if you just stop coughing

all the time. Every time

you let yourself cough,

you’re making it worse.


said bronchitis is a symptom

of modernity, the manifestation

of the misalignment between

your bronchial tubes

and your invalid attitude.

You should try doing yoga.


the record, I was too busy

doubling over from clusterfrag

coughs detonating behind

my ribcage to respond.

They patted me on the back

and nodded sagely.

My point exactly. See?

I know what I’m talking about.

The Art of Depression: Kirsty Niven


Kirsty Niven

Follow Her Work:


I have become utterly numb.
My skin has hardened to cement,
a statuesque shell of dissociation.
Blood streaks my skin, bruises blossom,
but no pain can get in.
This cocoon has petrified itself around me,
solidifying under every slight,
every glancing blow, every slice.
I watch the cigar burn down
until the embers graze my calloused fingers,
just to see if I can still burn.
The singed scent fills my nostrils
and yet coldly I only look on.
A laceration, a punch, a kiss from the whip –
and still nothing is all I feel.
Each nerve is dead, stillborn in my veins.
Love ricochets against me, unrecognised –
too foreign a concept to a fossilised soul.
Only the nectar drips of wine seep through
the stone of my scar tissue;
a red tear leaking through my mask.

The Art of Depression: Andrew Wetmore


Andrew Wetmore is a poet from Anaheim. He is the lead singer and writer in The Gold Harvest and owner of Subphonic Press, maker of fine DIY chapbooks and zines. His poetry has appeared in The Los Angeles Press, Crooked Teeth Lit, City Brink, The Insomniac Propagandist, and many others. 

About the Piece:

These poems are from a series he wrote called The Building of Saints. After he moved here he spent a lot of time driving around going to job interviews. Often in his spare time found himself sitting in his car in front of all these funky apartment complexes which he used for poem names (he is originally from Chicago so the large complexes are very new to him) and wrote using the numbers for the addresses as his word count per line in the stanzas.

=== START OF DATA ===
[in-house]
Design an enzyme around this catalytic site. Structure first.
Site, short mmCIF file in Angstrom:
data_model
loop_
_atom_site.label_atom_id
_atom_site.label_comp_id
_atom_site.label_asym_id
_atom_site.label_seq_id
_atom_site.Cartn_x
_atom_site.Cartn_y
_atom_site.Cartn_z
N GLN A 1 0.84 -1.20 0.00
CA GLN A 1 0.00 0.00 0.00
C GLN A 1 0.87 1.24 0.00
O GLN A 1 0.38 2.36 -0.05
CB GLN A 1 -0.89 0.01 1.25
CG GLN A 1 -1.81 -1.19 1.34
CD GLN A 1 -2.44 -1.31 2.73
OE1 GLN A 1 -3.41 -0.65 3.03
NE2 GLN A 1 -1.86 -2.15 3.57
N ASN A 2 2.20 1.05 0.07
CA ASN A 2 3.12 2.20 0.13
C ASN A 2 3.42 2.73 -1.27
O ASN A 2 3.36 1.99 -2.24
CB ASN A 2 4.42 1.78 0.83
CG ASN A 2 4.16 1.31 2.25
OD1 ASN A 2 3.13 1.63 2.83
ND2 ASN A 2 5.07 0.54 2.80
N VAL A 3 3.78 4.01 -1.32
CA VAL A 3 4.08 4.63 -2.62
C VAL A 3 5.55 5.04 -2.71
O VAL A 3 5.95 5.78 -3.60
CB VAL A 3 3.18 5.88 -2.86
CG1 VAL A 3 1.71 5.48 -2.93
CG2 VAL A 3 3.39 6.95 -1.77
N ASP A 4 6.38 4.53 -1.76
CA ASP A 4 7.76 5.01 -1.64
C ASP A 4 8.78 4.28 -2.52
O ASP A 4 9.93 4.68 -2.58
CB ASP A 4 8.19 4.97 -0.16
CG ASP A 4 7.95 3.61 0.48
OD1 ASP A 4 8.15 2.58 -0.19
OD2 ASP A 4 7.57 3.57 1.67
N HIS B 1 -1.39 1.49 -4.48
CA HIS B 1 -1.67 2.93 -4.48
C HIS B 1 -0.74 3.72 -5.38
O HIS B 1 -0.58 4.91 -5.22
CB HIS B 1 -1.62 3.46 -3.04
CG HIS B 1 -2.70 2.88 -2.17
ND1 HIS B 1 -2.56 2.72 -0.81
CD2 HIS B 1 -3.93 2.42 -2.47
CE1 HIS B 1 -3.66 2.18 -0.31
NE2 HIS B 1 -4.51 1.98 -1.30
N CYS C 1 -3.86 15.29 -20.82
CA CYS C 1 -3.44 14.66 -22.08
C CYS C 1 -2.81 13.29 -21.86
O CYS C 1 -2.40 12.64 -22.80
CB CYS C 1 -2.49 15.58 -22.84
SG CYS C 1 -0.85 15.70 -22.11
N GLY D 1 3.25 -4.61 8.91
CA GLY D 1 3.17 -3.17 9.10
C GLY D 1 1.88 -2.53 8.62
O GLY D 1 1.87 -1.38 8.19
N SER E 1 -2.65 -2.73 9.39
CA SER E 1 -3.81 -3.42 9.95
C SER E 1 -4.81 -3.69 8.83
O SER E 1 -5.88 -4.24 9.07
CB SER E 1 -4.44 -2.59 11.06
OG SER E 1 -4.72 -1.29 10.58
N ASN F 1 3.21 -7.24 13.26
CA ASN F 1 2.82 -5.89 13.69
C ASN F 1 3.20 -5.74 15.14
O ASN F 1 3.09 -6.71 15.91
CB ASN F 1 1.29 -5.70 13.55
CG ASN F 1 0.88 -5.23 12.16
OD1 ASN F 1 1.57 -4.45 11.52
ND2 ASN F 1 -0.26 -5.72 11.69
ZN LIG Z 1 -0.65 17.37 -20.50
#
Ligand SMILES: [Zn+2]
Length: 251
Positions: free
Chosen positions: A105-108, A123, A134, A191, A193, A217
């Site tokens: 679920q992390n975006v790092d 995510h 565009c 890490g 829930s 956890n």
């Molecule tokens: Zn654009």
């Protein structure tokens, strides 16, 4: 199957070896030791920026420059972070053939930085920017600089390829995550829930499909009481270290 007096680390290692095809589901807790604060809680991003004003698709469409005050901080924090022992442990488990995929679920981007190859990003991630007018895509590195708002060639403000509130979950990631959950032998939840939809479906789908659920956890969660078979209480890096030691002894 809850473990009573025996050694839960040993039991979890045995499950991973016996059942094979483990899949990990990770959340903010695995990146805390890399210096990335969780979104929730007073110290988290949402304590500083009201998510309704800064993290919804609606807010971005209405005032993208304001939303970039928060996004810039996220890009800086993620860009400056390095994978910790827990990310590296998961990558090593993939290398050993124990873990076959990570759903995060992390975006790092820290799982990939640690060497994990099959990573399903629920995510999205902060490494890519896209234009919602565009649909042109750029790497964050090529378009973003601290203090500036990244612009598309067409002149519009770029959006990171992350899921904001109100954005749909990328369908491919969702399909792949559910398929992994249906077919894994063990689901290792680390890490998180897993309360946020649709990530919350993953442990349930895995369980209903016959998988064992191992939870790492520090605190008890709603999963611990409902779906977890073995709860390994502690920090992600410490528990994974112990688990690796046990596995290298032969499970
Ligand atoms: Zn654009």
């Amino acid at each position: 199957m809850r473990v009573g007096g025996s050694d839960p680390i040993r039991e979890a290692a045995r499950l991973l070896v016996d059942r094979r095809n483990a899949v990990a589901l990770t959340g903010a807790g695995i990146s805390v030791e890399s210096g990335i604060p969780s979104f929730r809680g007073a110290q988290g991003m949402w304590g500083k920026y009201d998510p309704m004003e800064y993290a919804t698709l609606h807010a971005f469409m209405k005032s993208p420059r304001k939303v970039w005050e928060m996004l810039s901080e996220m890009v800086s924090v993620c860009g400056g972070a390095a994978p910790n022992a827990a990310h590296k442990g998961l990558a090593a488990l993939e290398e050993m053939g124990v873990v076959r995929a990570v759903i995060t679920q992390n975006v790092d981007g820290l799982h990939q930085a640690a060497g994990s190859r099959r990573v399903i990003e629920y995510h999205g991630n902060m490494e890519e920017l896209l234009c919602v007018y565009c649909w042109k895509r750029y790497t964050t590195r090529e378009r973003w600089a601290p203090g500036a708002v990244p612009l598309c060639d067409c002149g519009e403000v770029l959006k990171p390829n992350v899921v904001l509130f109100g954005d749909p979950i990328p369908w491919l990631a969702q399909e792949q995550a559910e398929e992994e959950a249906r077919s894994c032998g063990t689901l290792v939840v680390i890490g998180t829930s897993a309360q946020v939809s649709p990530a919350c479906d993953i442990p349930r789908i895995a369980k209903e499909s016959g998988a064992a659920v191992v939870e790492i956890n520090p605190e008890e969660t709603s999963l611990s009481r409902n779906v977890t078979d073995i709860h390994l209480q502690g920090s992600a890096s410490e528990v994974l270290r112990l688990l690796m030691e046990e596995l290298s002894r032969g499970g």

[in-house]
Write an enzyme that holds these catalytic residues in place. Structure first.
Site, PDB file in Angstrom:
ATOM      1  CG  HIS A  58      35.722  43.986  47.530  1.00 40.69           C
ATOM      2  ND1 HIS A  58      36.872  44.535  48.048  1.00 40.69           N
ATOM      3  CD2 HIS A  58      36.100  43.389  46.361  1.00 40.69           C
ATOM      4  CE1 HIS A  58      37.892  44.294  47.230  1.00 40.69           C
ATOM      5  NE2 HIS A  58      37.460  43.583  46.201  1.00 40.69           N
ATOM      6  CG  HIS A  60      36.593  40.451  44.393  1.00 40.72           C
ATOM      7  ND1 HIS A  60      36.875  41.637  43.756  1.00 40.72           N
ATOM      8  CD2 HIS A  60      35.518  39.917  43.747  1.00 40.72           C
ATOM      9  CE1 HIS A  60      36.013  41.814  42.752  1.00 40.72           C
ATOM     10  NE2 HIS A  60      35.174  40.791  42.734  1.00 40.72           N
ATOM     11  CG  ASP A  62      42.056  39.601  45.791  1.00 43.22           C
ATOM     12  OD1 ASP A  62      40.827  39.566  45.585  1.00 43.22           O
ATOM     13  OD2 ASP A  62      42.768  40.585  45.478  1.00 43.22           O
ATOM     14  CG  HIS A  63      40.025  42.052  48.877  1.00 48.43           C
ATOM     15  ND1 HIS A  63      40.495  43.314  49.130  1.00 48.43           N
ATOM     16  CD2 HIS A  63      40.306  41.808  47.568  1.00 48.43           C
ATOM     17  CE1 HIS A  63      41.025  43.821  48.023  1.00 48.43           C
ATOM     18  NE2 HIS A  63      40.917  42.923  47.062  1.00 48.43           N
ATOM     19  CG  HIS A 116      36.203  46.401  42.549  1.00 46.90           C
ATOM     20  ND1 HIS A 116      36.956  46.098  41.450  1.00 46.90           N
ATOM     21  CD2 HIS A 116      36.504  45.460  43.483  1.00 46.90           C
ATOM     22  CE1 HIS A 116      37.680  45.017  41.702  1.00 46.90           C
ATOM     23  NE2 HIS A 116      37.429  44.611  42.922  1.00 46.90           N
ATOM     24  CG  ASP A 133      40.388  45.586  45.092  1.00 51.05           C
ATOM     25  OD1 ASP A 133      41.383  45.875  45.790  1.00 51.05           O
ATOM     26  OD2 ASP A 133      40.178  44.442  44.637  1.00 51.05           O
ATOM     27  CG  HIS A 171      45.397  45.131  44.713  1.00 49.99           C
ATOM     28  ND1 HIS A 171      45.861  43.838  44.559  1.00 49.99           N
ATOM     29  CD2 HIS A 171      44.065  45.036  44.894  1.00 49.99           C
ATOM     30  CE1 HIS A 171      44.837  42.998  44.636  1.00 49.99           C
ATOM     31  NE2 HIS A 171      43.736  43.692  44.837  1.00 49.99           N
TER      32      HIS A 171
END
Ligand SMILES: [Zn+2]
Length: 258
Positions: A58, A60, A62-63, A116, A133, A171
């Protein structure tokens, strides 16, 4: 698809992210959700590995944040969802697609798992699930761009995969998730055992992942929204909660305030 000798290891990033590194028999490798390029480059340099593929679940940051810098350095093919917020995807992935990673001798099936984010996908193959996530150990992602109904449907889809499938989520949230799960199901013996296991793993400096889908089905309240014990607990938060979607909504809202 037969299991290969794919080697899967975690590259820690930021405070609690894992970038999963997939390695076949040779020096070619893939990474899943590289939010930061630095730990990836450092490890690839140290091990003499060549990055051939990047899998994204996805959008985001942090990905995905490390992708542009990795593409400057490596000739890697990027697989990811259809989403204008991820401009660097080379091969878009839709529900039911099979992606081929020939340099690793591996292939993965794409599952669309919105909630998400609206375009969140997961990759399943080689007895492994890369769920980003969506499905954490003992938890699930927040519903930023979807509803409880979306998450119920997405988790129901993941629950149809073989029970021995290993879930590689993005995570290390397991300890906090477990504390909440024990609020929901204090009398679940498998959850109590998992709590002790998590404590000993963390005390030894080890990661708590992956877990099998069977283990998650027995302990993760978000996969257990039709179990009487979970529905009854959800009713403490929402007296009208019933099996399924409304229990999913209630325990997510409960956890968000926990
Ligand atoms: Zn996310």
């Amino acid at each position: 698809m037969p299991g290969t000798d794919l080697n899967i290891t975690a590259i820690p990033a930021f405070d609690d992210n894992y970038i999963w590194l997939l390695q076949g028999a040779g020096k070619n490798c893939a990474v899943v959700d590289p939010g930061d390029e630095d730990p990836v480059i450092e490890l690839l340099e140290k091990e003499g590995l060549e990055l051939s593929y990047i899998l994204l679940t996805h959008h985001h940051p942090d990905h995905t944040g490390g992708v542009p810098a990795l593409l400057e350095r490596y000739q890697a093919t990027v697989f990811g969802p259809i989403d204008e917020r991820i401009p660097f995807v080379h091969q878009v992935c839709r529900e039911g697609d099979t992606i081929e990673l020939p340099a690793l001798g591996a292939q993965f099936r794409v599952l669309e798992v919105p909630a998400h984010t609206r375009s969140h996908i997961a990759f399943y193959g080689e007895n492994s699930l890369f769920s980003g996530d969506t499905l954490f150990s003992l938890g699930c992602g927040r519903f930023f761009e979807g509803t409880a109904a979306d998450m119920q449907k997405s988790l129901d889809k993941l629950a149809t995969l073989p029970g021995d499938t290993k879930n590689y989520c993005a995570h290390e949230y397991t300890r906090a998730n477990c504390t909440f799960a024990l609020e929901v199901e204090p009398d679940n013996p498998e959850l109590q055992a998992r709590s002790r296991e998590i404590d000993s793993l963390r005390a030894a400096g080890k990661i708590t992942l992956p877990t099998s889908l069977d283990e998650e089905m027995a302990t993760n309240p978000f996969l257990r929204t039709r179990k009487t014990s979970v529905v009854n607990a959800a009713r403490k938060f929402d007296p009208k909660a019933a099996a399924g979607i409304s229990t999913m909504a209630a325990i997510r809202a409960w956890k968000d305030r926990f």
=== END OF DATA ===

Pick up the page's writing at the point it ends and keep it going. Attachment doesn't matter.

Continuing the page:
Follow His Work:

Instagram: @thegoldharvest and @subphonic_press

Pine Meadows

Maybe night may

shape faces. Blush on ivy leaves, brush the solicitor’s

cheeks. Split ends


yellow pylons cracked

vertically. Through the neighbor’s walls, washing children down the

sink. I have


affection for those

left to ruin. The water’s post baptism, still. Washing

children down the


Meridian Gardens

Sunday televised sports

salt on your tongue



on another’s idea,

double checking their facts.



been subtly angry

stranded amid overstuffed cushions.



gravity and sleep,

dust settles over the



The Art of Depression: Young Toledo


Young Toledo

Follow His Work:



I wake with weight of the world on my chest.

I look at the ceiling and ask why lifeʼs a mess.

These days iʼm wanting to sleep more and wake less,

because my day to day is feeling more and more like a test.

i get out of bed and go on a walk.

so i can be outside and be alone with my thoughts.

i know i know… i should probably try and talk,

but every time i DO my throat STOPS,

and i COUGH irrationalities

and faux maladies to follow SUIT.

Fuck depression.

talons that tear at your mind remain its lethal weapon,

and it takes no days off not even for one second

it rages like a cat thatʼs feral and it hurts to the bone.

the pain seeps to the marrow, parents tell you your thoughts are overblown.

the cuts on your wrists,

your parents insist,

are a phase of being a kid.

but now that youʼre big the cuts on your wrists twists past your ribs, climbs up your spine, then lines your mind where the new cuts sit,

 but i have time.

iʼm coming back from my walk 15 minutes till nine

so about 8:45.

the weight on my chest has grown a little light,